Difference between ARP and RARP

Address Resolution Protocol (ARP):

A host can send the packet to a destination by knowing its IP address. But IP packets must be delivered by the underlying network technology that is called Ethernet which uses a 48-bit MAC address. The source host must also know the destination MAC address if the packet is to be delivered to the destination successfully. but in a network that consists of several nodes, it is not always possible for each node to know the MAC address of the rest of the node’s NIC.

A better solution is to use Address Resolution Protocol (ARP). Almost every machine on the Internet runs it. To use Address Resolution Protocol (ARP), the system administrator assigns the IP address to each machine and decides on the subnet mask. ARP does the rest, it is defined in RFC 826.

Main Purpose of ARP:

The main purpose of ARP is that the source host broadcasts an ARP packet in the network with the IP address of the destination host. Every machine in the network receives the packet but only the destination host responds to it. The destination host then sends a response packet containing its MAC and IP addresses of itself. The source host updates its configuration table with this information.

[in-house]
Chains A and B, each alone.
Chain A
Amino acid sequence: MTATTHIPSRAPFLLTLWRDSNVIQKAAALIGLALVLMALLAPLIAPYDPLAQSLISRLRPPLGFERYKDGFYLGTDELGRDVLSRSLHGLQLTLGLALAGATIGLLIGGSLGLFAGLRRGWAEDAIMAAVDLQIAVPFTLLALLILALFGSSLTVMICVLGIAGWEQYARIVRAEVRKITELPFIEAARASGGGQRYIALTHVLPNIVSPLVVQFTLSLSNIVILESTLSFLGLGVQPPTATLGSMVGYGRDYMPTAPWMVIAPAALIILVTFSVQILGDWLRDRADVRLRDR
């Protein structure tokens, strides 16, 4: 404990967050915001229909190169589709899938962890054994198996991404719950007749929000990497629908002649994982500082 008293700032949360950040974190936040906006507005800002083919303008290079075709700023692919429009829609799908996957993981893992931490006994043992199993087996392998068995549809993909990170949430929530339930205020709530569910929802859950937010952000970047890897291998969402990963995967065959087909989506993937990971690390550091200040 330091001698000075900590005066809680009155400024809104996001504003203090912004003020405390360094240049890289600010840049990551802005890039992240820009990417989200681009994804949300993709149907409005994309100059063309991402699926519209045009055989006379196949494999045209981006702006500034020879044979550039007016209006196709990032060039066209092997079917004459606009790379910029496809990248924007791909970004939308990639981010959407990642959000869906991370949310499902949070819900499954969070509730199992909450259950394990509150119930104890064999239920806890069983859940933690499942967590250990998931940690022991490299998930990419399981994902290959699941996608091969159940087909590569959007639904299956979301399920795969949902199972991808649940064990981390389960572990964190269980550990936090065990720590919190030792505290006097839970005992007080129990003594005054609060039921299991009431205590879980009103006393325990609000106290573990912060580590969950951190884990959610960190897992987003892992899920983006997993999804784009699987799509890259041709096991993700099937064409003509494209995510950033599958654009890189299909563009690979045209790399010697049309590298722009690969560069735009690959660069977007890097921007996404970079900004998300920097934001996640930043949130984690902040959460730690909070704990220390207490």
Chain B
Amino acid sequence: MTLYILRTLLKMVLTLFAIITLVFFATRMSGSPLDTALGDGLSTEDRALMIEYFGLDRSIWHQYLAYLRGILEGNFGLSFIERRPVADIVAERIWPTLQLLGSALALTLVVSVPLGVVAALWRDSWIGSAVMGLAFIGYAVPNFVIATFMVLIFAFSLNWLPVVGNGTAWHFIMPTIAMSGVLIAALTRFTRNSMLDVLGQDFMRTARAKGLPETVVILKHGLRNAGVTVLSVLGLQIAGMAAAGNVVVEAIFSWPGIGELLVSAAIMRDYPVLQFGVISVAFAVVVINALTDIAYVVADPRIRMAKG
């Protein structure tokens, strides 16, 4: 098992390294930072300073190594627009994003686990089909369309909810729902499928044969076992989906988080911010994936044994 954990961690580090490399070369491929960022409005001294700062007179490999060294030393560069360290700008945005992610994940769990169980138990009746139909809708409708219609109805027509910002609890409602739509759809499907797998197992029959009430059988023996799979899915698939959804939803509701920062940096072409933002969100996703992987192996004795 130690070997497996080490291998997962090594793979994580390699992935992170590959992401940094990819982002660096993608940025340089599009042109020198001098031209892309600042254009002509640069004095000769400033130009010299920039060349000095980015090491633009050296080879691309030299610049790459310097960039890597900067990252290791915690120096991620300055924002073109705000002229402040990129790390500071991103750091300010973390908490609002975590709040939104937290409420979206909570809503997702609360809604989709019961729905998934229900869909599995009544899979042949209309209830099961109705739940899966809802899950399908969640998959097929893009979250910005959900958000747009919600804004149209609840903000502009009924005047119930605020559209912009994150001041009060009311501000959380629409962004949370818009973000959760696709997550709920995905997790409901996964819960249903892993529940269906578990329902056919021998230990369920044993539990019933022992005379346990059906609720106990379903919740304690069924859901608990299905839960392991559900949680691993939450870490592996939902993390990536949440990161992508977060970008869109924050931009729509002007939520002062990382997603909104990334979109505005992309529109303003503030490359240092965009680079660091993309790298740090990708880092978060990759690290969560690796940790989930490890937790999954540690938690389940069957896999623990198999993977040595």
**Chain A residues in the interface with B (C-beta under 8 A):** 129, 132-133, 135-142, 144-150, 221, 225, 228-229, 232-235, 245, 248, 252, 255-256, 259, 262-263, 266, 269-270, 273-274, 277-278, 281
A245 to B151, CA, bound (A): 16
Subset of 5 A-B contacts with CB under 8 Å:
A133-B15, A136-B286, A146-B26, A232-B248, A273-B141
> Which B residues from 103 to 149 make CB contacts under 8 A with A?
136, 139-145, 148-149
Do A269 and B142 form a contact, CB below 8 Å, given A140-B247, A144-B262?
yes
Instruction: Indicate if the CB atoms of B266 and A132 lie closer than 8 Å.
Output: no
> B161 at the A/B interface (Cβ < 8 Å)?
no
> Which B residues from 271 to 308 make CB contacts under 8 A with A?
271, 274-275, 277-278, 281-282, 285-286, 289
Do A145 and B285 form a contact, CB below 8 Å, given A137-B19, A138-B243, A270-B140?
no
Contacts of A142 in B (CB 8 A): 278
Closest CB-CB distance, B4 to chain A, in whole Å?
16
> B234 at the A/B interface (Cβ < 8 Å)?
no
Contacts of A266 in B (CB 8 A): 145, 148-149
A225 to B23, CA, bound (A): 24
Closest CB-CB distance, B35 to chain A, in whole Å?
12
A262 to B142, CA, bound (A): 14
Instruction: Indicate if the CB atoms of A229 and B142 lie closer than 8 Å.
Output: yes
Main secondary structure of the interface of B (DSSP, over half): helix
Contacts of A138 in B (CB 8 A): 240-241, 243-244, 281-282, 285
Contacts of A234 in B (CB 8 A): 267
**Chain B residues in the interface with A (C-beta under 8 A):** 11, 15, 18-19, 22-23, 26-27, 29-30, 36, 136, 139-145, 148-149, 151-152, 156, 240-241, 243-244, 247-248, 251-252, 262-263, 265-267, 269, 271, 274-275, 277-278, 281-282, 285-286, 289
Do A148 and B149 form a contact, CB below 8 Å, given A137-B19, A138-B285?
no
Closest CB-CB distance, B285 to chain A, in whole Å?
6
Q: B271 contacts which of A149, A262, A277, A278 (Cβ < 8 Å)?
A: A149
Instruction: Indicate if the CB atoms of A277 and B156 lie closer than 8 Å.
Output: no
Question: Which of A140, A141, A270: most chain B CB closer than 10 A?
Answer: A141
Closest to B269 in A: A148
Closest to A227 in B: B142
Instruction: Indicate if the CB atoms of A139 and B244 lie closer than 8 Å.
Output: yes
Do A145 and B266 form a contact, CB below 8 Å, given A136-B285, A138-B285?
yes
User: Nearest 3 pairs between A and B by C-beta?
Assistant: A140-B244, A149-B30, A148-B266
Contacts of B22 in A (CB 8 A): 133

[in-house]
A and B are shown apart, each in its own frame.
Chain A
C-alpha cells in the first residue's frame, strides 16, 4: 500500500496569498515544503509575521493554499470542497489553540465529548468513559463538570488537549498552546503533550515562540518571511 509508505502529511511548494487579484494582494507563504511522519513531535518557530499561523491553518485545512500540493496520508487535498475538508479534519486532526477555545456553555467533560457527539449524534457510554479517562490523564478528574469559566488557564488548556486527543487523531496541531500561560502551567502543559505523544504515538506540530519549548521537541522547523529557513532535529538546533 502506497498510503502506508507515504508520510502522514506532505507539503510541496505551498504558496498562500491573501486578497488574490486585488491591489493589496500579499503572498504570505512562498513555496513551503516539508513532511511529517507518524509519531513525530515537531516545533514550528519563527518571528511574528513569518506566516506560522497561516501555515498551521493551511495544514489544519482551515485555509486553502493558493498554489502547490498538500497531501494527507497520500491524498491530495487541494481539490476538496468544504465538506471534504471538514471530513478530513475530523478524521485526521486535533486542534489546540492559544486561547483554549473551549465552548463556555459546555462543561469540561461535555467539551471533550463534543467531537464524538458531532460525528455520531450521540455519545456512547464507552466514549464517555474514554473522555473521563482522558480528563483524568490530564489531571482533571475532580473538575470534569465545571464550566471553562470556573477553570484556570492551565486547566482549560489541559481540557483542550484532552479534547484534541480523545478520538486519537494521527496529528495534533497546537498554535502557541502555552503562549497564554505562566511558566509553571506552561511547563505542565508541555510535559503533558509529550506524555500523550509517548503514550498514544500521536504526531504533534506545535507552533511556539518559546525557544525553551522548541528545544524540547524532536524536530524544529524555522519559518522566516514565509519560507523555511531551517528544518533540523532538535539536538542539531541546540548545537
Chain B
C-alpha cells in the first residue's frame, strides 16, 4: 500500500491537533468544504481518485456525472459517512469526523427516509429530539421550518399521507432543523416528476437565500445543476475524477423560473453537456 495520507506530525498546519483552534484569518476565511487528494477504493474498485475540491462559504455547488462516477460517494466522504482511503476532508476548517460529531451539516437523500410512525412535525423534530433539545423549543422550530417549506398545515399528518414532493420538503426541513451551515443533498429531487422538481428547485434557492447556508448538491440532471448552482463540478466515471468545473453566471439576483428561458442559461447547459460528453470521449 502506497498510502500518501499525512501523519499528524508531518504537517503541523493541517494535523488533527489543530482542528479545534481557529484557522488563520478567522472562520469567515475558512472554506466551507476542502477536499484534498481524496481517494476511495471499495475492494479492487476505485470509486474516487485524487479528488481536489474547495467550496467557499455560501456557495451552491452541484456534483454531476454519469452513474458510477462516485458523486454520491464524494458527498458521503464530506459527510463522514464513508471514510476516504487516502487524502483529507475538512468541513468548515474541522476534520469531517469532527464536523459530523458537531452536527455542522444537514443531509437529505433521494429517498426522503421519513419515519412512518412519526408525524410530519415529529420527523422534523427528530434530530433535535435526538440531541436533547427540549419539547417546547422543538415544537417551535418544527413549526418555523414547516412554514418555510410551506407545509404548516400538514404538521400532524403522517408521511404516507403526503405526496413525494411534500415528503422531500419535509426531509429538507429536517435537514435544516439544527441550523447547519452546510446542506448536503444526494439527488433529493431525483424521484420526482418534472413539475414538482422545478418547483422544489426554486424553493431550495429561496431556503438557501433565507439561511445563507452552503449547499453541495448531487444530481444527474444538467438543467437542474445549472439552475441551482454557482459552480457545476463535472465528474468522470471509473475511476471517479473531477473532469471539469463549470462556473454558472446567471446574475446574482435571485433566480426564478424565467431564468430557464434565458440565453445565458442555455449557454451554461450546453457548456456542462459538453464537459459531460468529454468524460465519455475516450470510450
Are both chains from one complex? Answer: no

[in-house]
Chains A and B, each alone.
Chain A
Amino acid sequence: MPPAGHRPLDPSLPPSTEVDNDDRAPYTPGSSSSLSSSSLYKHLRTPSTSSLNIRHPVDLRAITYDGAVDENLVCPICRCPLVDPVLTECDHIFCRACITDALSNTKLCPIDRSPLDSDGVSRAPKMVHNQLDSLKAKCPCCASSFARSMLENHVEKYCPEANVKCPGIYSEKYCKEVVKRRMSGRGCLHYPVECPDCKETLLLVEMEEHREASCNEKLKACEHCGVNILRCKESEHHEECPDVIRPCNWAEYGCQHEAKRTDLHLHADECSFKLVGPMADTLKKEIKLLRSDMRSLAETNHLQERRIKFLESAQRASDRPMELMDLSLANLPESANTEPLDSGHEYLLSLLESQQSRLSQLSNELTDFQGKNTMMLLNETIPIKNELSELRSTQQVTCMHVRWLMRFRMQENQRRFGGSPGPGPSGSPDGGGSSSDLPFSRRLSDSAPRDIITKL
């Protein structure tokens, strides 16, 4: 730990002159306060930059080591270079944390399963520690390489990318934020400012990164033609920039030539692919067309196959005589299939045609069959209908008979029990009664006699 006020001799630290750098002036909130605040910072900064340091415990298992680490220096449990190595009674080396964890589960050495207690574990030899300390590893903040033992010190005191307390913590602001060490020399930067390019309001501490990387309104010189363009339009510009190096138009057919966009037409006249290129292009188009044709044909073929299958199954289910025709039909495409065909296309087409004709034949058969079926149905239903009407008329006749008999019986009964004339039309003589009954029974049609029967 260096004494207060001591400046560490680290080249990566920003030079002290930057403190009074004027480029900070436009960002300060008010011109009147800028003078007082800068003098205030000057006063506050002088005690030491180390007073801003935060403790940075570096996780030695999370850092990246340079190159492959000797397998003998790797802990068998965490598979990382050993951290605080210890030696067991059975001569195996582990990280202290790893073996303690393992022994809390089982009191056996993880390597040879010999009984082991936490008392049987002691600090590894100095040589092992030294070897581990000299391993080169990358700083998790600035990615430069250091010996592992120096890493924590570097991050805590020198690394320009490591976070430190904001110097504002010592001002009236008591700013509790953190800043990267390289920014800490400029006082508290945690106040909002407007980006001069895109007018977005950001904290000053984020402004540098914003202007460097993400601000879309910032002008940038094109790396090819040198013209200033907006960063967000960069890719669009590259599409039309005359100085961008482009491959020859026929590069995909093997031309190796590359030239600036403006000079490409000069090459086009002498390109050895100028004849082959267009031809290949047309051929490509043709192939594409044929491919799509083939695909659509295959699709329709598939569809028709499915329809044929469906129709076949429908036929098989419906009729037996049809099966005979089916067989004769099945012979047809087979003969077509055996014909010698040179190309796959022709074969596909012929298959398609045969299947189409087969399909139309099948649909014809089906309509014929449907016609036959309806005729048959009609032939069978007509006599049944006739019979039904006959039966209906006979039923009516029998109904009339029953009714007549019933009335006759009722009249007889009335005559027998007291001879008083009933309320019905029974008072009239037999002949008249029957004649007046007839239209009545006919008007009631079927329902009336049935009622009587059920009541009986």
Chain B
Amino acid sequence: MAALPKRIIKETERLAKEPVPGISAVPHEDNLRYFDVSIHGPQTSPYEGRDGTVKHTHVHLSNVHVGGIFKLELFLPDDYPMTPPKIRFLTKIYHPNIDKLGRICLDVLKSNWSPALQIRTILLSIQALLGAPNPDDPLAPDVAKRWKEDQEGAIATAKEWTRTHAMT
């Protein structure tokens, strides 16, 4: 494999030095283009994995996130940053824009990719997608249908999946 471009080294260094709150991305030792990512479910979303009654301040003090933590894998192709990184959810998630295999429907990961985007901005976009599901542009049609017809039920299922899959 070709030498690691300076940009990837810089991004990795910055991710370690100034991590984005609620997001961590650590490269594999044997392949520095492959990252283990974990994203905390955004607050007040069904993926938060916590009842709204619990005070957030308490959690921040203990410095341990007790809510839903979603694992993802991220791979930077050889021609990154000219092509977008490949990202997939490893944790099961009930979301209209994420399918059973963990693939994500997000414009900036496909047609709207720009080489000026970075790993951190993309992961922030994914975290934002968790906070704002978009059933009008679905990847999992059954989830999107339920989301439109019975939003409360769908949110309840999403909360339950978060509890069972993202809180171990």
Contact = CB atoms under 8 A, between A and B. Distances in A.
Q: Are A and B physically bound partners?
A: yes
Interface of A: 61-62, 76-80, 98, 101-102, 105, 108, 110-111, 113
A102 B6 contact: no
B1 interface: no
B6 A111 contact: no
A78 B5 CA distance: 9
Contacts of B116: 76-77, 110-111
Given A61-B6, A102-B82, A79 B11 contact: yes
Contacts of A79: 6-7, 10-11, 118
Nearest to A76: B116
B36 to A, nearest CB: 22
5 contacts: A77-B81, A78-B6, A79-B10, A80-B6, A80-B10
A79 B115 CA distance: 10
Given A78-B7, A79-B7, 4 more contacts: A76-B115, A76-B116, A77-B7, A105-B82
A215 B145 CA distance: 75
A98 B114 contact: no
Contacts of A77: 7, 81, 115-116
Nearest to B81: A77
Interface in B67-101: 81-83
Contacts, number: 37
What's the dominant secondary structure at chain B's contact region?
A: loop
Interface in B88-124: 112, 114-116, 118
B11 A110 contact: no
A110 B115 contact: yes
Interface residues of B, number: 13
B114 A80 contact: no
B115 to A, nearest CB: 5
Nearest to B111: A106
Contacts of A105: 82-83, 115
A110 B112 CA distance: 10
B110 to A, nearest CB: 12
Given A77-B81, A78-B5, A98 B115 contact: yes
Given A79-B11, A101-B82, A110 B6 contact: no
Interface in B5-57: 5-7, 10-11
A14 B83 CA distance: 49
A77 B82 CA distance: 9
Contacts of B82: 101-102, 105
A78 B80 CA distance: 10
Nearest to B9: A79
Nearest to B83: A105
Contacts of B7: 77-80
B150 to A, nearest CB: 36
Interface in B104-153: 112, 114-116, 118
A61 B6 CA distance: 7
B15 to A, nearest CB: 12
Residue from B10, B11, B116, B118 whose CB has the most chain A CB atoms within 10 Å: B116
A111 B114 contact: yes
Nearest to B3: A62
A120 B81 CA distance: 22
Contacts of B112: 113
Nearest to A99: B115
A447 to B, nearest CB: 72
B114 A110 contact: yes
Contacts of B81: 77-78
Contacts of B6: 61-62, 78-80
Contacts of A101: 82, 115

If the destination host is in a remote network then the source host may use proxy ARP in which all remote traffic is sent to a local router that is configured for remote networks. Otherwise, the source host sends all traffic to a default Ethernet address that handles all remote traffic.

Reverse Address Resolution Protocol (RARP):

Sometimes it is required to get the IP address from the MAC address. This problem can be handled by Reverse Address Resolution Protocol (RARP). To obtain an IP address, the host first sends a RARP request packet containing the MAC address on the network. The RARP server receives the packet, looks up the Ethernet address in its configuration table sends back the corresponding IP address.


1. It stands for Address Resolution Protocol1. It stands for Reverse Address Resolution Protocol
2. It maps 32-bit IP address to 48-bit MAC address2. It maps 48-bit MAC address to 32-bit IP address
3. It retrieves the physical address of the receiver.3. It retrieves the logical address for a computer from the server.